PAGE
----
structs and pointers

Discussion in 'C Programming' started by Bill Cunningham, Apr 28, 2009.

  1. I have this code written like this:

    #include <stdio.h>
    #include <sys/stat.h>

    int main()
    {
    int i;
    struct stat st;
    if ((i = stat("/bin/e", &st)) == -1) {
    fputs("stat error", stderr);
    return -1;
    }
    printf("%i\n", st.st_blocks);
    printf("%i\n", st.st_blksize);
    return 0;
    }

    Now if I wanted instead of

    struct stat st;
    struct stat *st;

    How would that change the second parameter to stat()? Would it be st instead
    of &st, or *st ?

    Bill
    Bill Cunningham, Apr 28, 2009
    #1
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  2. Bill Cunningham

    Lew Pitcher Guest

    On April 28, 2009 13:29, in comp.lang.c, Bill Cunningham
    () wrote:

    > I have this code written like this:
    >
    > #include <stdio.h>
    > #include <sys/stat.h>
    >
    > int main()
    > {
    > int i;
    > struct stat st;
    > if ((i = stat("/bin/e", &st)) == -1) {
    > fputs("stat error", stderr);
    > return -1;
    > }
    > printf("%i\n", st.st_blocks);
    > printf("%i\n", st.st_blksize);
    > return 0;
    > }
    >
    > Now if I wanted instead of
    >
    > struct stat st;
    > struct stat *st;
    >
    > How would that change the second parameter to stat()? Would it be st
    > instead of &st, or *st ?


    Hi, Bill

    Take a look at the following code, based on your example above...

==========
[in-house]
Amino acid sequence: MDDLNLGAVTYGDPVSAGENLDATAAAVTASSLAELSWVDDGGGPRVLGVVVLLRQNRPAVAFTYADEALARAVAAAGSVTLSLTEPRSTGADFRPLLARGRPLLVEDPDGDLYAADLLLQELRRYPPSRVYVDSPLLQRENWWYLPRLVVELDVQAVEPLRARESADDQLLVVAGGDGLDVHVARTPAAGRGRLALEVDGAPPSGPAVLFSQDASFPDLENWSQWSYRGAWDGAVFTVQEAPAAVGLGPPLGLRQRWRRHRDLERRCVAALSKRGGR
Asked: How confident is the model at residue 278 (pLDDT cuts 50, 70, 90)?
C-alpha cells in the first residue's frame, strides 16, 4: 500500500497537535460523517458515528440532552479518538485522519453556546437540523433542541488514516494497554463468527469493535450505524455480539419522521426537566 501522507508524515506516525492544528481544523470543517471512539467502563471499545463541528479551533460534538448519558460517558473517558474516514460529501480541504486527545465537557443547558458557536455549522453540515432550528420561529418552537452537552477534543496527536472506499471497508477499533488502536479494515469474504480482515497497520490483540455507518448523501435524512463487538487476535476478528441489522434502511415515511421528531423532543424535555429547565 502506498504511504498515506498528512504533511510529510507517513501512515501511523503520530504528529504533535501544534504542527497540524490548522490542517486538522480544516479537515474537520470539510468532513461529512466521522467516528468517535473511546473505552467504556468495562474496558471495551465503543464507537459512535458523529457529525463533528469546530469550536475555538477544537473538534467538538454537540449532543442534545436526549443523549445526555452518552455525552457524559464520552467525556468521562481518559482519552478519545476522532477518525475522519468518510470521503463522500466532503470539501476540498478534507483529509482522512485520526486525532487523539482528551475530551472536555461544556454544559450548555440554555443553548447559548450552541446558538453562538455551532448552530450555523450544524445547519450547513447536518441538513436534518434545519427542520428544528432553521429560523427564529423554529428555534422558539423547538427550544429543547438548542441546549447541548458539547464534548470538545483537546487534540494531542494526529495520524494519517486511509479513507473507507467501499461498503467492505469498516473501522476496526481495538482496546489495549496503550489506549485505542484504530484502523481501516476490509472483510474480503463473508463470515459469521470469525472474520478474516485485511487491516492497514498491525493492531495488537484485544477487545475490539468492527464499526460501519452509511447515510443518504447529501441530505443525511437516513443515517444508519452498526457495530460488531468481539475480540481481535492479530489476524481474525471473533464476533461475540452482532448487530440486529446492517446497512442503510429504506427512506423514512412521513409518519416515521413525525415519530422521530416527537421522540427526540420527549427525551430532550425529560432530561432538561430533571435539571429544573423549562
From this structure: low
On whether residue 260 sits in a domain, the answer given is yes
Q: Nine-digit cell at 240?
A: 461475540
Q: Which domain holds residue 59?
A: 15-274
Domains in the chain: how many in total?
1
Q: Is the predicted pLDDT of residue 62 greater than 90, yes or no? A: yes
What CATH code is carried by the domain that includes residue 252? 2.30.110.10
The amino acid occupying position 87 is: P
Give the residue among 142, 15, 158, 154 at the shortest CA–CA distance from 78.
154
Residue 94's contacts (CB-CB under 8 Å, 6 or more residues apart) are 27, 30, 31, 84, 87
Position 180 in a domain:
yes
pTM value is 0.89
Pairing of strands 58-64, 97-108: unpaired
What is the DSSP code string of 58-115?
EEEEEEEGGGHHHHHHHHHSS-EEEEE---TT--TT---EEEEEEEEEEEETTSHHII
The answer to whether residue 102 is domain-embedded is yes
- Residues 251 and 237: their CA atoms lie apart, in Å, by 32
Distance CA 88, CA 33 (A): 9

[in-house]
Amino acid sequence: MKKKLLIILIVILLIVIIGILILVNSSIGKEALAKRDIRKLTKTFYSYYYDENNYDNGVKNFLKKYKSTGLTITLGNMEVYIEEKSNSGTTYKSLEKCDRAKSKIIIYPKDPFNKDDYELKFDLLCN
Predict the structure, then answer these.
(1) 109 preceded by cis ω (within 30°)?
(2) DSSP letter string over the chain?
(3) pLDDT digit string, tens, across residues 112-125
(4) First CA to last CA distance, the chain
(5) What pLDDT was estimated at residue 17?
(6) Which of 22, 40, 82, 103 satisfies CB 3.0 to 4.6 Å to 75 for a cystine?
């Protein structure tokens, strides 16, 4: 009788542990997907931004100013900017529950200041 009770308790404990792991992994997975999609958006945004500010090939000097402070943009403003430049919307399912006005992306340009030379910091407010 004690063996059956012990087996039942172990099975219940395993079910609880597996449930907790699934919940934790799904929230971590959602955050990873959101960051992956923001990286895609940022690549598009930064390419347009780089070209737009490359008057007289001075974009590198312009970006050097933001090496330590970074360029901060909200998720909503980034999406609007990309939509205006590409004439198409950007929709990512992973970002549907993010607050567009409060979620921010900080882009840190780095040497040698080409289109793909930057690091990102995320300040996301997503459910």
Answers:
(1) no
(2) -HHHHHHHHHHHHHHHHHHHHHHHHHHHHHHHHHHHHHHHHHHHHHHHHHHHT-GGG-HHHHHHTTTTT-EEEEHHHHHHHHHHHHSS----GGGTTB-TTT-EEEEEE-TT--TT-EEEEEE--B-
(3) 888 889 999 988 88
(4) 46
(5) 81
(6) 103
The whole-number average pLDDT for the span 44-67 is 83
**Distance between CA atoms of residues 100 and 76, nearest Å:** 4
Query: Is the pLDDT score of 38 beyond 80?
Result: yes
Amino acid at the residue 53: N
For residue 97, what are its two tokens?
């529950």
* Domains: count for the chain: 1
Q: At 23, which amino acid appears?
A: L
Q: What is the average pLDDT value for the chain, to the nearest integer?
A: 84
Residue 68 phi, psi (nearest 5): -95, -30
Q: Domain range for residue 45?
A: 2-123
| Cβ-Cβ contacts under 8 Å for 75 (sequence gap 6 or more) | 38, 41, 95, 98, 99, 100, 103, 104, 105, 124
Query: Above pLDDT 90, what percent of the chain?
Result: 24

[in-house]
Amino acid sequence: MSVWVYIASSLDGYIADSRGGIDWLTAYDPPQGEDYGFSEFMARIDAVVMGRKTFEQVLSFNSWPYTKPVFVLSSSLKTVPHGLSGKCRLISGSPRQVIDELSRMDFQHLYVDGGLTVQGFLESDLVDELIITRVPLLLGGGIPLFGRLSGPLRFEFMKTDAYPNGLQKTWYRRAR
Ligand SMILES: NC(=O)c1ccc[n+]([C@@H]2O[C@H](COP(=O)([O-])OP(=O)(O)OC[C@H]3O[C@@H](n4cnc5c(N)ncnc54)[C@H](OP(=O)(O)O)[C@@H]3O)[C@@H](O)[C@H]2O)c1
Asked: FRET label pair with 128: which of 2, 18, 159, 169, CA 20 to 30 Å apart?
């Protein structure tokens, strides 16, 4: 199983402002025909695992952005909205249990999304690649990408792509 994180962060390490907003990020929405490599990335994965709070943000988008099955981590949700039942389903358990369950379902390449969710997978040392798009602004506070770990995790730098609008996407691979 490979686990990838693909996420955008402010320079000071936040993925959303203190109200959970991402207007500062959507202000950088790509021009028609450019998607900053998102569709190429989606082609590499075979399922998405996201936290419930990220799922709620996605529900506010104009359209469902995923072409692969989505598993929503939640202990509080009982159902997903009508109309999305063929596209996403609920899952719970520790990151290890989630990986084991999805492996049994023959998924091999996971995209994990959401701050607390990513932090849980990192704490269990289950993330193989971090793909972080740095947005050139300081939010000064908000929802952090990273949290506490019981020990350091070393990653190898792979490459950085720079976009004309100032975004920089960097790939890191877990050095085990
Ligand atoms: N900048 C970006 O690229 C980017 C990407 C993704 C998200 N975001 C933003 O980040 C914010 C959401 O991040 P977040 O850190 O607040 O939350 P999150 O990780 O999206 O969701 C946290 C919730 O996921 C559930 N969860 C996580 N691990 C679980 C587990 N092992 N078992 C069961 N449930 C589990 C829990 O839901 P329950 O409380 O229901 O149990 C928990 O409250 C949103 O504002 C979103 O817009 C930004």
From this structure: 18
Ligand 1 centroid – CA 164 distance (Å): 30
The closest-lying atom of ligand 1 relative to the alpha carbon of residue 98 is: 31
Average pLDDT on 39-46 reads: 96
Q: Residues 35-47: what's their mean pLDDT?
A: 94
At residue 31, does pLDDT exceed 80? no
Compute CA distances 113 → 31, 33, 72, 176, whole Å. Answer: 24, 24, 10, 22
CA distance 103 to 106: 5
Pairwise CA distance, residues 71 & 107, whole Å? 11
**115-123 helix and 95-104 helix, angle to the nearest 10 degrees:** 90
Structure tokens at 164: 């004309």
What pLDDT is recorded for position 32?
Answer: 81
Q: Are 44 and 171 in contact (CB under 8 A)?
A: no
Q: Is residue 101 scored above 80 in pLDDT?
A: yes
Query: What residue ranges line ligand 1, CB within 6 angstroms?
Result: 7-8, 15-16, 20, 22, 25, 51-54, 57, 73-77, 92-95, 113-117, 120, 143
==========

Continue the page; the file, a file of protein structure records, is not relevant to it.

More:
#include <stdio.h>
    #include <sys/stat.h>

    int main()
    {
    int i;

    struct stat statstruct;
    struct stat *st;

    /* Initialize st
    ** st is a "pointer to struct stat", so
    ** it takes the address of a struct stat
    ** to initialize st
    */
    st = &statstruct;

    /* stat() needs a "pointer to struct stat"
    ** and that's exactly what st is
    */
    if ((i = stat("/bin/e", st)) == -1) {
    fputs("stat error", stderr);
    return -1;
    }

    /* st is a "pointer to struct stat"
    ** so, to access the struct stat members
    ** through st, we have to dereference the
    ** pointer. Two methods are shown
    */
    printf("%i\n", (*st).st_blocks); /* method 1 - *(st)->member */
    printf("%i\n", st->st_blksize); /* method 2 - st->member */

    return 0;
    }

    --
    Lew Pitcher

    Master Codewright & JOAT-in-training | Registered Linux User #112576
    http://pitcher.digitalfreehold.ca/ | GPG public key available by request
    ---------- Slackware - Because I know what I'm doing. ------
    Lew Pitcher, Apr 28, 2009
    #2
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  3. "Richard" <> wrote in message
    news:gt7ght$7ru$-september.org...
    > 2/10. You're slipping Bill.